Top company: Amazon.com: (70%)

#3 Department, wholesale and specialty stores

Loyalty index score: 46%

Top company: Costco (77%)

#4 Online search and information

Loyalty index score: 43%

Top company: Google/Facebook tie (53%)

#5 Auto insurance

Loyalty index score: 35%

Top company: USAA (73%)


Achieving high customer loyalty requires an investment in cash and manpower. It’s hard work, but there’s no other way to boost return-customer revenues and boost your brand’s reputation.

What should you do? The truth is that EVERYTHING MATTERS. Every aspect of your business, from shipping fees to shopping-cart design, from return policies to customer service, can make somebody stay with your brand for 10 years or leave it in a split second.

If you want to stay in the game for the long run, brand loyalty statistics suggest that you need to pay urgent attention, now, to how you retain and reward your best customers.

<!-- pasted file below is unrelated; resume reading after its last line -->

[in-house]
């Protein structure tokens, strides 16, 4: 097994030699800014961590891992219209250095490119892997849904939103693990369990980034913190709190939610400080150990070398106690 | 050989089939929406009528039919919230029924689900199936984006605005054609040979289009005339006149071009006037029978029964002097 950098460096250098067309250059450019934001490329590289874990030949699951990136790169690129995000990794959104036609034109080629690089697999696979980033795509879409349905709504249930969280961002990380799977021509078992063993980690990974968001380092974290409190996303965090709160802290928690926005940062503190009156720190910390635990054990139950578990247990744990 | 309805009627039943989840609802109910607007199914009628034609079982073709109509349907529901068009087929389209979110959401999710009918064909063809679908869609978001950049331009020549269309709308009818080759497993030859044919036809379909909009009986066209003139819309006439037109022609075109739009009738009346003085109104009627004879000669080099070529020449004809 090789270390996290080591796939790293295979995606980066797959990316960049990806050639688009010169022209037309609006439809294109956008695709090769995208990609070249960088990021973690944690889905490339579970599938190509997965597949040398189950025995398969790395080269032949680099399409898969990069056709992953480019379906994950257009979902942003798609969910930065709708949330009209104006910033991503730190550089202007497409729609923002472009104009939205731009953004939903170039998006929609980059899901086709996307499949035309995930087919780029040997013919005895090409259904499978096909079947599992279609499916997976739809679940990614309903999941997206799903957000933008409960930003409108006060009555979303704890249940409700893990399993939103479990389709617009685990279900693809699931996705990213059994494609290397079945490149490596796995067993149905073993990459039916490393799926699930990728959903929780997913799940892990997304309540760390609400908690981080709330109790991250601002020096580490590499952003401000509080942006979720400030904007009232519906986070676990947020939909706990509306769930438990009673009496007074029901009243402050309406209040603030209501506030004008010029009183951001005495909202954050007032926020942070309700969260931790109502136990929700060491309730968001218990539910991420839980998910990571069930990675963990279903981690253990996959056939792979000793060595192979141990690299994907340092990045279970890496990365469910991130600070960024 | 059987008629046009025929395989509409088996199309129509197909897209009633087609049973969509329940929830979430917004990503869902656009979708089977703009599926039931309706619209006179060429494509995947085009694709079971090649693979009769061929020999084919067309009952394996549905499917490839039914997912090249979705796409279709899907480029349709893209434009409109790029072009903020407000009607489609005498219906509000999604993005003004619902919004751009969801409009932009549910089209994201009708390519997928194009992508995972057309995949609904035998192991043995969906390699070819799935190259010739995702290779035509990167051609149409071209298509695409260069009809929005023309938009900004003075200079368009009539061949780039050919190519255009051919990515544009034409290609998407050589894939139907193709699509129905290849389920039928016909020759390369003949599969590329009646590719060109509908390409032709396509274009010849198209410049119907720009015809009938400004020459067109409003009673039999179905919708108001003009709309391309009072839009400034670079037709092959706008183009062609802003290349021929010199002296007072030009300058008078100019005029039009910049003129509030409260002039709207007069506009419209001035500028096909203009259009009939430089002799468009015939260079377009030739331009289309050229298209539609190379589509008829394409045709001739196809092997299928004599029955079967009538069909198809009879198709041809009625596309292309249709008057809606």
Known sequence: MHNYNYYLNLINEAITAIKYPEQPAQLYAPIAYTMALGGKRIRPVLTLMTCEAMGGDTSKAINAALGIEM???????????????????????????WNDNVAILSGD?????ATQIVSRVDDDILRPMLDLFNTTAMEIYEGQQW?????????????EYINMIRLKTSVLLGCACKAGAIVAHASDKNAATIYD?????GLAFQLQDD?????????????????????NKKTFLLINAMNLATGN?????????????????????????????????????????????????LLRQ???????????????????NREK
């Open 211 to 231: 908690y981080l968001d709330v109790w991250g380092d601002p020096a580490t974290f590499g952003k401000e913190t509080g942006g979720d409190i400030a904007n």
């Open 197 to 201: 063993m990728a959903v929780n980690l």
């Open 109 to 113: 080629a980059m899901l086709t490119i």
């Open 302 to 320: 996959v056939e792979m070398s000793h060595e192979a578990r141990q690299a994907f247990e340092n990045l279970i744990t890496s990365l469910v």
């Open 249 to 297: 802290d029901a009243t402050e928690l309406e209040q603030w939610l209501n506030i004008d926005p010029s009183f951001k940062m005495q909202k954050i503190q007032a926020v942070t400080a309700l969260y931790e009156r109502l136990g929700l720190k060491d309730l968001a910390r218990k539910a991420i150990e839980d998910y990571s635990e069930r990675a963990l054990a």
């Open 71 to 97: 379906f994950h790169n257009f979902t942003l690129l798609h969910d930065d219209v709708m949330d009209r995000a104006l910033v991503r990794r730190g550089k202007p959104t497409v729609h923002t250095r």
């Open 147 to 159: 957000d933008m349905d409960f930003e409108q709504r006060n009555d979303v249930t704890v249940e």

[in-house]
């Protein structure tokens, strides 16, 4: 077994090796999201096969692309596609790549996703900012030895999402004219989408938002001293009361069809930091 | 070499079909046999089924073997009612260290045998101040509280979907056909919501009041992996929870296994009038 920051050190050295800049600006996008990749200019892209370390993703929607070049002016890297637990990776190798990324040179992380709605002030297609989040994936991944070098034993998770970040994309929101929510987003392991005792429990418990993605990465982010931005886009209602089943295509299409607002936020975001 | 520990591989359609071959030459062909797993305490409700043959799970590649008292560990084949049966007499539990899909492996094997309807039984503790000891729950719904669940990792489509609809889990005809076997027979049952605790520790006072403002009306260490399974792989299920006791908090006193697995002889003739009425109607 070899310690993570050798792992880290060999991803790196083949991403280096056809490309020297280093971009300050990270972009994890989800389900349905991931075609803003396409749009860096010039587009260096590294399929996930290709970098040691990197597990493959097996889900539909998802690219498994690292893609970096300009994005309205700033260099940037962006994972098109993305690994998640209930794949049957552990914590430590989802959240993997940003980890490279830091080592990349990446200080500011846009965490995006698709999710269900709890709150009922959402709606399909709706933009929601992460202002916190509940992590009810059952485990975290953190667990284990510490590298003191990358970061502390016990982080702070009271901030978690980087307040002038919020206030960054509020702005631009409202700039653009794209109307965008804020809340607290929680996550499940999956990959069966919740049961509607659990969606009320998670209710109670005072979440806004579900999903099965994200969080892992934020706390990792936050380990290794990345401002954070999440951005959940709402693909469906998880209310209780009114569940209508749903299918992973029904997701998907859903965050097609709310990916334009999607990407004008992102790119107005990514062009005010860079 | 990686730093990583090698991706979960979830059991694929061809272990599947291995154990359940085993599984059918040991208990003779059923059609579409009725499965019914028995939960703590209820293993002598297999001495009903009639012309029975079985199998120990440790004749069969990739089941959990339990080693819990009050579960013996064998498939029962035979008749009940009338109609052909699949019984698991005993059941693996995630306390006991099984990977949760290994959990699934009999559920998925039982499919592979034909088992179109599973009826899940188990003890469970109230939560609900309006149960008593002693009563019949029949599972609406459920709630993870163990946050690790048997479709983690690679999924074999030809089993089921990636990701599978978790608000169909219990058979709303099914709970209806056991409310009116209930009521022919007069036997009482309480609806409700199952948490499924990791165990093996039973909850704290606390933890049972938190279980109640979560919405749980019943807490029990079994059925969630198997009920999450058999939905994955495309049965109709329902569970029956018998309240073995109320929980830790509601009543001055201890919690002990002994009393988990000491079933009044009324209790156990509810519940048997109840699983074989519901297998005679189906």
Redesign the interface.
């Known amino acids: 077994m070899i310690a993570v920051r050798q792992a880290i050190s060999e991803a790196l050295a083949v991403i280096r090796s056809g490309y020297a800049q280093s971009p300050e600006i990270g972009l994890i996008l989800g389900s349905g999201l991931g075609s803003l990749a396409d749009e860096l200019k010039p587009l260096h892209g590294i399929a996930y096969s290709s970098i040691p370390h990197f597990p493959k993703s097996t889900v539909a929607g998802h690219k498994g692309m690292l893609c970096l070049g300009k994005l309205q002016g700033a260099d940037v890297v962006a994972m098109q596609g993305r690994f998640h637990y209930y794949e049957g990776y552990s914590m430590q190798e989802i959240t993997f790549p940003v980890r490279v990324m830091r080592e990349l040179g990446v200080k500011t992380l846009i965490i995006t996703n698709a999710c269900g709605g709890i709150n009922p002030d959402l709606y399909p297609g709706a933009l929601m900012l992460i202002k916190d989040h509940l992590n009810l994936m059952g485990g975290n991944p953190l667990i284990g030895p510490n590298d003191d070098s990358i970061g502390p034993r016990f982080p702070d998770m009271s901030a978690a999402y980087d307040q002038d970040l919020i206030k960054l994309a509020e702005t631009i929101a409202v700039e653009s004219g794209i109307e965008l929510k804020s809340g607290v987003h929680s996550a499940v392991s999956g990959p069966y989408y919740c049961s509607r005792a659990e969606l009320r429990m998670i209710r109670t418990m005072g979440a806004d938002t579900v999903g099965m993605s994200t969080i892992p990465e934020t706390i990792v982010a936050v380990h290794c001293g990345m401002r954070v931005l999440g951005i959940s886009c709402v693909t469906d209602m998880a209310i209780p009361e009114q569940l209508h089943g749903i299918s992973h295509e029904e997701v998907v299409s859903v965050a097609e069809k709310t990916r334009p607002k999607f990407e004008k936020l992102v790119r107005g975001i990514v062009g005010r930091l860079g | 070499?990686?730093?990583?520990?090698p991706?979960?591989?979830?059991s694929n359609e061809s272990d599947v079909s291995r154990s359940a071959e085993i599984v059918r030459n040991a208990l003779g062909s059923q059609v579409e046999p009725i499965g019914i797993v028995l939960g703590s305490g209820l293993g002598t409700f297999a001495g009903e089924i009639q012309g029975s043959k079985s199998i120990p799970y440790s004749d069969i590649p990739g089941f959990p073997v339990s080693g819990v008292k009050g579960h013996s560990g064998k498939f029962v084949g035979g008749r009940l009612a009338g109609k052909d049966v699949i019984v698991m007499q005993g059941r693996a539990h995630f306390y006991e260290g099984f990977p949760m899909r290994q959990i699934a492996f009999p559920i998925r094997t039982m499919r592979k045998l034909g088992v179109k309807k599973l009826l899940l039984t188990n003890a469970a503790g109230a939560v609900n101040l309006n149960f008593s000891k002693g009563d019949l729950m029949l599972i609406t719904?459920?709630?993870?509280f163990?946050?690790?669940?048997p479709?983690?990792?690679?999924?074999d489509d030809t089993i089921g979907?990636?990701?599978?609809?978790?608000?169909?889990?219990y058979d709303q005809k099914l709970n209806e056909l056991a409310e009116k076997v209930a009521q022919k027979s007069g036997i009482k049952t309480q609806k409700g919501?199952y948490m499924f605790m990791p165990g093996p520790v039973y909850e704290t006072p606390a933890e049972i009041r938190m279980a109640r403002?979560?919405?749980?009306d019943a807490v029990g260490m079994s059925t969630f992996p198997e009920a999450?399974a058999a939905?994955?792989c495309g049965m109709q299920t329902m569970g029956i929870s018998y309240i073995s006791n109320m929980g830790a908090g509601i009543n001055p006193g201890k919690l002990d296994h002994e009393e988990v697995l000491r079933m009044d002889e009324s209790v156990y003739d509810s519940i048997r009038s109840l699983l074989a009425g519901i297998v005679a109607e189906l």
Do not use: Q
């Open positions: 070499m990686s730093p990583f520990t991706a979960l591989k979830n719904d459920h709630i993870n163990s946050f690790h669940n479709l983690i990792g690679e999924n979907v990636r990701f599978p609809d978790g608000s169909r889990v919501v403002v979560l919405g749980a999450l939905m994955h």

Frequently Asked Questions
What is meant by customer retention?

A customer retention program consists of all the marketing and customer loyalty actions and activities businesses organize to make people commit to their brand and make repeat purchases. It also includes efforts to reduce customer defections. The goal of customer retention programs is to make sure the customers you acquire keep using your brand as opposed to competitors’ brands - and ideally recommend them to friends and family.

What are the benefits of customer retention?

The top 10% of your customer base is spending three times more than your average customer, so the first major benefit is revenue. Also, it’s less expensive to keep customers than to acquire new ones, so an effective customer retention program can save you money. Finally, repeat customers are more likely to recommend you to others, making your brand visible and desirable in the long run.

How to calculate customer retention rate?

You need three pieces of information to calculate your customer retention rate:

Shoppers at the end of a period

New shoppers acquired during that period

Shoppers at the start of that period